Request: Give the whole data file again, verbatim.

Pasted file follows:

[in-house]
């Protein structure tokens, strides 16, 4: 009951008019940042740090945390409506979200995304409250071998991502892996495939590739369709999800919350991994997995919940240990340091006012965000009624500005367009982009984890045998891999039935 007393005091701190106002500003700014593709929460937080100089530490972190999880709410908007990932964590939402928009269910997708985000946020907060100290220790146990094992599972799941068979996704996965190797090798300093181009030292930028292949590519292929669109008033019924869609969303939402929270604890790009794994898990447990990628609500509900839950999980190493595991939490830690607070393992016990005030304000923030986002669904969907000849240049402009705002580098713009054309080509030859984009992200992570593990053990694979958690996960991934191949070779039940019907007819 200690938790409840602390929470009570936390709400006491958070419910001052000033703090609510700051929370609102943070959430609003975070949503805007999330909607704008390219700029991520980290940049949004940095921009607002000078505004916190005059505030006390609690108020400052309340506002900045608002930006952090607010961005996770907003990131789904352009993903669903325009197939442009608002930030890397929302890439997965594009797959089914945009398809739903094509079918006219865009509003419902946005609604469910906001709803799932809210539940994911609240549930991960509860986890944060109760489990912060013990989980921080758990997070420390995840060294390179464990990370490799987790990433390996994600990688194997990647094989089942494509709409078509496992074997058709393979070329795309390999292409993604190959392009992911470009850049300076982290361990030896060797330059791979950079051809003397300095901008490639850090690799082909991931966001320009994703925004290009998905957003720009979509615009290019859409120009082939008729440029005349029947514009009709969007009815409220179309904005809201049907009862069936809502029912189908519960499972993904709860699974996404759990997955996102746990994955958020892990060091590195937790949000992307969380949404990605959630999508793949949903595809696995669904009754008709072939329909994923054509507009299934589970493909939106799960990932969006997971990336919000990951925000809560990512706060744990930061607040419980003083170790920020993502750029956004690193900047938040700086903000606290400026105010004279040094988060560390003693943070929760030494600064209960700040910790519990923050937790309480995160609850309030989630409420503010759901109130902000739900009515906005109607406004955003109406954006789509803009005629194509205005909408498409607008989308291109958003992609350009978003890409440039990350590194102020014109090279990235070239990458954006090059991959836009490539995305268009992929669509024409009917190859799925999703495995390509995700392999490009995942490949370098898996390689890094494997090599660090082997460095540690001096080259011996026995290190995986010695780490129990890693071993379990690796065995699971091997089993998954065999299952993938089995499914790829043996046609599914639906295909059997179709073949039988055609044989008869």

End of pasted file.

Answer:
[in-house]
């Protein structure tokens, strides 16, 4: 009951008019940042740090945390409506979200995304409250071998991502892996495939590739369709999800919350991994997995919940240990340091006012965000009624500005367009982009984890045998891999039935 007393005091701190106002500003700014593709929460937080100089530490972190999880709410908007990932964590939402928009269910997708985000946020907060100290220790146990094992599972799941068979996704996965190797090798300093181009030292930028292949590519292929669109008033019924869609969303939402929270604890790009794994898990447990990628609500509900839950999980190493595991939490830690607070393992016990005030304000923030986002669904969907000849240049402009705002580098713009054309080509030859984009992200992570593990053990694979958690996960991934191949070779039940019907007819 200690938790409840602390929470009570936390709400006491958070419910001052000033703090609510700051929370609102943070959430609003975070949503805007999330909607704008390219700029991520980290940049949004940095921009607002000078505004916190005059505030006390609690108020400052309340506002900045608002930006952090607010961005996770907003990131789904352009993903669903325009197939442009608002930030890397929302890439997965594009797959089914945009398809739903094509079918006219865009509003419902946005609604469910906001709803799932809210539940994911609240549930991960509860986890944060109760489990912060013990989980921080758990997070420390995840060294390179464990990370490799987790990433390996994600990688194997990647094989089942494509709409078509496992074997058709393979070329795309390999292409993604190959392009992911470009850049300076982290361990030896060797330059791979950079051809003397300095901008490639850090690799082909991931966001320009994703925004290009998905957003720009979509615009290019859409120009082939008729440029005349029947514009009709969007009815409220179309904005809201049907009862069936809502029912189908519960499972993904709860699974996404759990997955996102746990994955958020892990060091590195937790949000992307969380949404990605959630999508793949949903595809696995669904009754008709072939329909994923054509507009299934589970493909939106799960990932969006997971990336919000990951925000809560990512706060744990930061607040419980003083170790920020993502750029956004690193900047938040700086903000606290400026105010004279040094988060560390003693943070929760030494600064209960700040910790519990923050937790309480995160609850309030989630409420503010759901109130902000739900009515906005109607406004955003109406954006789509803009005629194509205005909408498409607008989308291109958003992609350009978003890409440039990350590194102020014109090279990235070239990458954006090059991959836009490539995305268009992929669509024409009917190859799925999703495995390509995700392999490009995942490949370098898996390689890094494997090599660090082997460095540690001096080259011996026995290190995986010695780490129990890693071993379990690796065995699971091997089993998954065999299952993938089995499914790829043996046609599914639906295909059997179709073949039988055609044989008869």